Rising to the challenges thrown down by mountain bike coaching when you’re already an experienced rider.
I’ve been a regular mountain biker for 12 years, ever since I entered the London Triathlon, borrowed a bike that turned out to be of the mountain and not road type, and got hooked on riding trails.
I’m an enthusiastic rider, rather than a great one but like to think I have managed to build some skills in that time (I’m still in one piece, for a start). Of course I also know that, like most of us, I have gaping holes in my skills set. I’ve written about some of them here – and as a result Si from Pedal & Spoke MTB Coaching – a man who has the patience of a saint, btw – kindly offered me a skills session to help iron out a few of my habitual creases. My last skills session was over three years ago so it was long overdue: its good to keep learning and also bad habits take hold easily and can be hard to shake off (as I was about to find out!).
So, back to mtb school I went, and to cut a long story short I wasn’t exactly top of the class – even though I was the only one in it. I won’t bore you with the inadequacy of my skills nor my embarrassing inability to adapt, but even the negotiation of a small log in the recommended fashion was beyond me – no matter how many times I tried.
The problem? My ears heard the instructions, but the part of my brain that does the unconscious, proprioception stuff (like riding a bike, for instance) – saw no need to take any notice. As far as it was concerned, I’d been clearing logs (incorrectly, but whatever) for over a decade – and Practice makes Permanent: I’m living proof of that. Of course, log hopping wasn’t the sole purpose of the exercise: really it was about progressing so that I am able to clear drops and jumps more safely. But unlearning old habits proved to be a massive hurdle – for instance, I never realised how much time I spend looking at the ground, which apart from making it impossible to pick a line or even steer properly, also LOOKS REALLY BAD. Forcing myself to look further down the trail though just felt really, really weird.
The other thing I need to unlearn – or at least forget – is the series of near misses and tumbles my enthusiasm for mountain biking has caused me in the last decade. I know riders who have only been riding for a year and can nip into the woods, see a jump and clear it without a second thought. Meanwhile, I’m searching for the best line, checking the camber, scouting for evil roots and trying to put the ‘Dreadful Tumble of 2009’, or the ‘OTB Incident of 2013’, or the ‘Tree Induced Surgery of 2015’ to the back of my mind.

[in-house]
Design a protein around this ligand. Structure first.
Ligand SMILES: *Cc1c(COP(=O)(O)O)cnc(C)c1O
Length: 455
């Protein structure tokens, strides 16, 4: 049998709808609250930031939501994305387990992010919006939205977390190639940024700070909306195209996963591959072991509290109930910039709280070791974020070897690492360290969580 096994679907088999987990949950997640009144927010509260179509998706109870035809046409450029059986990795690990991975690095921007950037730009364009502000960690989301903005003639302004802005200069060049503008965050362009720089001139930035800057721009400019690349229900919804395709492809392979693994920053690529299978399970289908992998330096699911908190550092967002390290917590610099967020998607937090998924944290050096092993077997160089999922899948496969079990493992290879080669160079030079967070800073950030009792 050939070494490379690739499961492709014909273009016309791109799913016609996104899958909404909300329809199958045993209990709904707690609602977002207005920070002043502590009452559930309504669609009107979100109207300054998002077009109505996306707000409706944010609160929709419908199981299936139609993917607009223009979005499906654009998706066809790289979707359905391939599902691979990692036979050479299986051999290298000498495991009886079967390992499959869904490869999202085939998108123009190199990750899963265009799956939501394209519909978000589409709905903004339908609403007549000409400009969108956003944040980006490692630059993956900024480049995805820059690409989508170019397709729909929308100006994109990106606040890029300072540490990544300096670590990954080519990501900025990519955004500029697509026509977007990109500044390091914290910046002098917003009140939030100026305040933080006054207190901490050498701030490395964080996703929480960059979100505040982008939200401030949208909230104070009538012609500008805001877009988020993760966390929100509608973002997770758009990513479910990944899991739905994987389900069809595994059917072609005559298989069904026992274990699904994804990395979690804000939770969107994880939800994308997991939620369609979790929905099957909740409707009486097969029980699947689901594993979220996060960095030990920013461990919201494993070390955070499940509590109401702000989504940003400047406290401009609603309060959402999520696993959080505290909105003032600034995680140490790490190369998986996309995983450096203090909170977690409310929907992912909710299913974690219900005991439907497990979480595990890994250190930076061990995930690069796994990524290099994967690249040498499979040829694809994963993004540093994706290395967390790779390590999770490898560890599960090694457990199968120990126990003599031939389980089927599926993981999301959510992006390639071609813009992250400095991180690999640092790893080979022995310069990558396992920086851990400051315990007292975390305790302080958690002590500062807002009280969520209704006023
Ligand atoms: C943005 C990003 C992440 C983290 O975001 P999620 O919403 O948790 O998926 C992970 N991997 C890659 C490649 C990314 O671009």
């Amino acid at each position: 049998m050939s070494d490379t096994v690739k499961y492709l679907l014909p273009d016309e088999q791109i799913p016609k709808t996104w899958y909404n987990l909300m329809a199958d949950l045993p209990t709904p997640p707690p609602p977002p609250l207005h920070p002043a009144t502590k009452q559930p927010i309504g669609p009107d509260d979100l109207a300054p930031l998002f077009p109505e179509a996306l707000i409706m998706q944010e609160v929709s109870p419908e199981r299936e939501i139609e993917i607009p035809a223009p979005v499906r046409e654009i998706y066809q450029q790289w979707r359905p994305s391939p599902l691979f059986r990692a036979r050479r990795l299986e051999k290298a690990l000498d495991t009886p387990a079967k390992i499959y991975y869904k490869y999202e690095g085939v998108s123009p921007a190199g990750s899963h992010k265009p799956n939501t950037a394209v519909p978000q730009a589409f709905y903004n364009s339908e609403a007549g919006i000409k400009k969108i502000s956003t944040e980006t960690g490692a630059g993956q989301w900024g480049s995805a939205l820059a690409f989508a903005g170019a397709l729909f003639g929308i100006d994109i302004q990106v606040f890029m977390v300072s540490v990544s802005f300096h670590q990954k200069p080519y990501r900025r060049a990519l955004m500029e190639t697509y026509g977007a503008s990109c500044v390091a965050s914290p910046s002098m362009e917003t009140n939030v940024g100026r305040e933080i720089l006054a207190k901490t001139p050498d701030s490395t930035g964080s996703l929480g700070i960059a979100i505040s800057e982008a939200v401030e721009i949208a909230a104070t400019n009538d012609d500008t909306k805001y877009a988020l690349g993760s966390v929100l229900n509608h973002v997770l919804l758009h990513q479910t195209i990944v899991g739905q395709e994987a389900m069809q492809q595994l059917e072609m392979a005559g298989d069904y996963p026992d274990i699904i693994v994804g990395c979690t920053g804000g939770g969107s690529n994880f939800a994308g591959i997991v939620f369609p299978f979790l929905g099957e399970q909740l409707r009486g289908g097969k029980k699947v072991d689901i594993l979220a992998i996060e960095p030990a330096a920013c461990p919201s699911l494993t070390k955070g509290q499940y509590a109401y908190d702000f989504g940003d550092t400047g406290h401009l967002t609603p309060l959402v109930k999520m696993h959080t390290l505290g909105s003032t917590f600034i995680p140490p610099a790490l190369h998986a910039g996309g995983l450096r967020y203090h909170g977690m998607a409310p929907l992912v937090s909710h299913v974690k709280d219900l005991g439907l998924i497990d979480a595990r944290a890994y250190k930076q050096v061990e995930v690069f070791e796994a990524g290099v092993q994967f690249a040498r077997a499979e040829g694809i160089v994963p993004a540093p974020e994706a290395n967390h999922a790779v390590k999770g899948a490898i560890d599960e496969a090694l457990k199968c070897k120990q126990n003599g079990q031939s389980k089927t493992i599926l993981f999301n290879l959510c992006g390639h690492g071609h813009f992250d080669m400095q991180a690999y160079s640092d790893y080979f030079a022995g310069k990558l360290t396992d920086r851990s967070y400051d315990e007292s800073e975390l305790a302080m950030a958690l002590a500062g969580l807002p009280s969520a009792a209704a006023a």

To help me focus, Si suggests I write down the key points that I need to remember on my top tube. I can’t help thinking it would need to be the length of a broom handle to fit it all in but don’t say anything. Also, the first instruction is ‘Look Up’ so I’d never get to read the rest anyway.
“Should I just get another hobby?” I asked, quietly seeking an easy way out.
Should I forget my QOMs? Screaming with joy round the trails of Coed y Brenin? Flying down the red trails at Afan in awe of the athleticism of my bike? That cold glass of beer at the end of the day, to celebrate five fabulous hours in the saddle? Slogging my way around Battle on the Beach and loving every minute? Breezing up the biggest climb on Menorca having been warned by the guide that it was ‘really tricky’? The bottle of champagne we drank after four days of circumnavigating the island? Skimming along trails by myself, with friends, with strangers (the time I mistakenly followed a group down a trail, thinking they were my buddies only to be told, with an embarrassed mumble, ‘you do know you’re not with us? But you’re more than welcome to stay’)? Feeling like I was going to ride into the sea on the cliff top trail in Dorset? Hop, skipping and jumping my way down the rocky routes on Dartmoor? The Surrey Hills sunsets, the snow rides, the beach ride in Northern Spain? The riders who have thanked me for inspiring them to ride either by following me down trails or because of this blog? Should I pack away those memories and my lovely bikes, and give up just because I can’t manual (yet)?
Si tells me I am too hard on myself. He’s not the only one who has hinted at this. A few months ago I met Redbull Rampage rider Pierre Edouard Ferry and as we chatted he told me “unless you’re being paid to win, don’t focus on being the first rider down the trail – instead focus on being the one who finishes with the biggest smile on their face’.
Still, I ride home feeling like I have been a mtb imposter for the last decade, and that the only thing I have any talent for is feeling sorry for myself (looking on the brightside, I’m so talented at this that I could probably represent GB at the Olympics and win Gold).
As it happens, my route takes me up and over a hilly field, and there is an energetic but elderly walker at the peak, ahead of me. It doesn’t take a lot of effort to nip up the climb and catch him up, and he holds the gate open for me as I pass. I thank him and, apparently brimming with admiration, he says “You have a better heart than me!”.
That comment. He doesn’t know I’m crying with gratitude as I ride off.
Because it’s all relative, isn’t it?
So my fabulous heart and I will keep practicing those elusive new skills – and I’ll do it with a huge smile on my face.